2015 marks the season of Richard Alston Dance Company’s twentieth anniversary, and to celebrate the group are currently touring a selection of seven works from their back catalogue, performing various permutations of these each night. For their two dates at the Oxford Playhouse (26th and 27th May), RADC offered four pieces: a trio of Britten settings choreographed by Alston (Rejoice of the Lamb, Hölderlin Fragments, and Illuminations), and a work by Associate Choreographer Martin Lawrance (Burning), accompanied by a live piano performance of Liszt’s Dante Sonata.
Rejoice of the Lamb’s text was written by Christopher Smart, an eighteenth-century poet and devout Christian whose religious mania – he would often pull passers-by in the street to their knees to pray with him, as the programme notes inform us – led to his eventual confinement to a mental asylum. Britten’s festival cantata is equal parts mysterious and jaunty, its lithe organ runs and shifts of register both depicting the poet’s feverous piety and encouraging all to rejoice alongside him.
Alston’s fervent and joyful choreography reflects Smart’s eccentricities and Britten’s music excellently; the poet becomes a character onstage, joined by his beloved cat Jeoffrey, which is afforded a seventy-four-line section in the full-length poem. The autumnal costume design was wholly appropriate, highlighting Smart’s pervasive preoccupation with flowers, which he considered ‘peculiarly the poetry of Christ.’ It is appropriate, then, that the jubilant work closes with the ensemble surrounding Smart in a floral formation, the poet-dancer at the centre, as Britten’s chorus cries a celebratory ‘Hallelujah’.
The Hölderlin Fragments, as the collection’s title suggests, consists of short snippets of text, some evocative in their brevity, all underpinned by an unshaking Hellenic idealism. Britten’s settings flit between agitation and calm, and Alston followed these changes in mood closely and keenly. In keeping with the length of the fragments, ideas were sketched out without much development, while continuity between the different songs of the cycle – in terms of the dancers onstage and thematic exploration – was minimal. Such an approach wholly befitted Hölderlin’s text, and indeed Britten’s setting, and the restless pace of the work made it the most dynamic of the four performed.
While perhaps a nod to Dante’s Inferno, the title of Burning principally alludes to Liszt’s desire and promiscuous behaviour. Liszt shared an intense but troubled romance with Countess Marie d’Agoult (a role played by Oihana Vasga Bujan, giving the best performance of the night), despite continued affairs with others. The duets and ensemble passages suitably brimmed with sexual energy, with Marie fighting against a trio of other women vying for Liszt’s attention, who quite literally lay with the composer at various moments during the work. Less convincing were Liszt’s solo sections, which fell rather flat when compared with the energy and physical exertion of the group work. The composer’s lolling head and flailing limbs were too overstated a reference to his impassioned words, written in response to his love for Marie – ‘Let me be wild and crazy’.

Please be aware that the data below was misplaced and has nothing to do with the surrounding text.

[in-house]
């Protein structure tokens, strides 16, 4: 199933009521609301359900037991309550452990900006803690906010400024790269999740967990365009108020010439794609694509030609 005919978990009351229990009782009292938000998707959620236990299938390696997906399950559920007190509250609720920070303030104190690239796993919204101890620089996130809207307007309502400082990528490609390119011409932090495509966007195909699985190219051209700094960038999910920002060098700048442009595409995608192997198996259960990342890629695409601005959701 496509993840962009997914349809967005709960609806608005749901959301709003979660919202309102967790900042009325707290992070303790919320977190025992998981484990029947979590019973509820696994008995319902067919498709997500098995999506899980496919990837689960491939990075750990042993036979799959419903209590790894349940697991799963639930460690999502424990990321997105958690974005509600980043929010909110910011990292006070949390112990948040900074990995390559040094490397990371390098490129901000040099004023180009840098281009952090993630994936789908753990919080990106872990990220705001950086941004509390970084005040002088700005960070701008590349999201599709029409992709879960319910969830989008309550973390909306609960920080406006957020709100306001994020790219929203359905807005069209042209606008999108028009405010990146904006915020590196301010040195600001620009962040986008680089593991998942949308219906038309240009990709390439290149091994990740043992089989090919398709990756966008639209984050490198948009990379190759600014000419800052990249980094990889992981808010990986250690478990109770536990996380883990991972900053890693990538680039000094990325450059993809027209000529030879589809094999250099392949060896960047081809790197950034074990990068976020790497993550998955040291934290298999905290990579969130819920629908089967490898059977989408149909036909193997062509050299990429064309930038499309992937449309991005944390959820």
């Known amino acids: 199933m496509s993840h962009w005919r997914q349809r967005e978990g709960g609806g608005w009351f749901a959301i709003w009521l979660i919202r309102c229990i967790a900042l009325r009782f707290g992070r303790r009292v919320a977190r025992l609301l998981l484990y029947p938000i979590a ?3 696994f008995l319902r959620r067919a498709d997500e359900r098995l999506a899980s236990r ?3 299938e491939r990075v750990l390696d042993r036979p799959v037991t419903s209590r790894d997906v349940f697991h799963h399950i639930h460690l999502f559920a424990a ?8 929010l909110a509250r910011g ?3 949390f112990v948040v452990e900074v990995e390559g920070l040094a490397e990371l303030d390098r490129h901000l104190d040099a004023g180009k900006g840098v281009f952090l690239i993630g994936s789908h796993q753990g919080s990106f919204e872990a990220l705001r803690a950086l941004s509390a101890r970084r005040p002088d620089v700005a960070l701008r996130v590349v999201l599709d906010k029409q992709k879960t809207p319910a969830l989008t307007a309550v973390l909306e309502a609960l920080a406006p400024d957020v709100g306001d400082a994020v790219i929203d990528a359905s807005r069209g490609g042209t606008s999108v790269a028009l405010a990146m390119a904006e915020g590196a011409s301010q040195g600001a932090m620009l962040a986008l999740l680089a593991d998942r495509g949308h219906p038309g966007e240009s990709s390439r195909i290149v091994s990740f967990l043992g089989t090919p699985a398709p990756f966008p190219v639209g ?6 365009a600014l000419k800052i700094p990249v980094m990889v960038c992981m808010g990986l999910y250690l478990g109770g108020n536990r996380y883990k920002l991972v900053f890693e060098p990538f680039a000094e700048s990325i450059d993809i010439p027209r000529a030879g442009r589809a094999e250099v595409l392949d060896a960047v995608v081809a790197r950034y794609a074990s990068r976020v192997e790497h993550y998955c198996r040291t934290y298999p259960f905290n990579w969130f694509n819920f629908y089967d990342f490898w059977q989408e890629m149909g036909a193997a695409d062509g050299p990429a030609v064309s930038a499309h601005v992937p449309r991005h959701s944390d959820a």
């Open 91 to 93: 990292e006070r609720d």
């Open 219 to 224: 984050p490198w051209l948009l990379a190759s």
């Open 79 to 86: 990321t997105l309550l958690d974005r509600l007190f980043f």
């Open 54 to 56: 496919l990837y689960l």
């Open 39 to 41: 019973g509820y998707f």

Illuminations, the oldest and arguably most ambitious of the works performed, was an appropriate closing act, choreographed to Britten’s setting of the eponymous work by Rimbaud. Again, the music provided a sturdy springboard from which Alston’s choreography could leap. In one scene, an idealised royal couple shares a courtly dance, gifting the opportunity for a variety of movement – an opportunity that Alston seized – while Rimbaud’s adventurous spirits were complemented by the infectious energy of the string section, which alternated between playful pizzicati and jagged bowing. The lighting, which was fairly restrained for much of the evening, here came further to the fore, helping to delineate the extremes of up- and downstage in an effective manner little explored elsewhere. Never was this more effective than at the piece’s close, as Rimbaud backed into darkness as the stage lights progressively dimmed around him.
Alston and Lawrance are both sensitive to the structure of the music they choose, and there were occasionally hints tonight at a more analytical approach to interpretation. Take as an example the two-part counterpoint of ‘Lines of Life’, the final song of the Holderlin Fragments, which acts as a compositional pun on the fragment’s text, ‘The lines of life are varied, perfect with harmony, peace and order.’ Paired dancers seemed at first to complement the knowing musical setting, but this idea – and other such moments peppered throughout the four works – were neither as pronounced nor as fully realised as they could have been.
The diverse programme presented by Richard Alston Dance Company tonight was certainly not short on positives. Given their eager incorporation of poet and composer into the action, though, the company’s choreographers might consider not only the immediately discernible elements of text and music, but also how – and why – these works were constructed and organised in the manner they were. Elaborating upon such creative decisions would supply an intriguing subtext, one reaching beyond programmaticism without compromising the works’ undeniable accessibility.
For more information about Richard Alston Dance Company, please visit their website.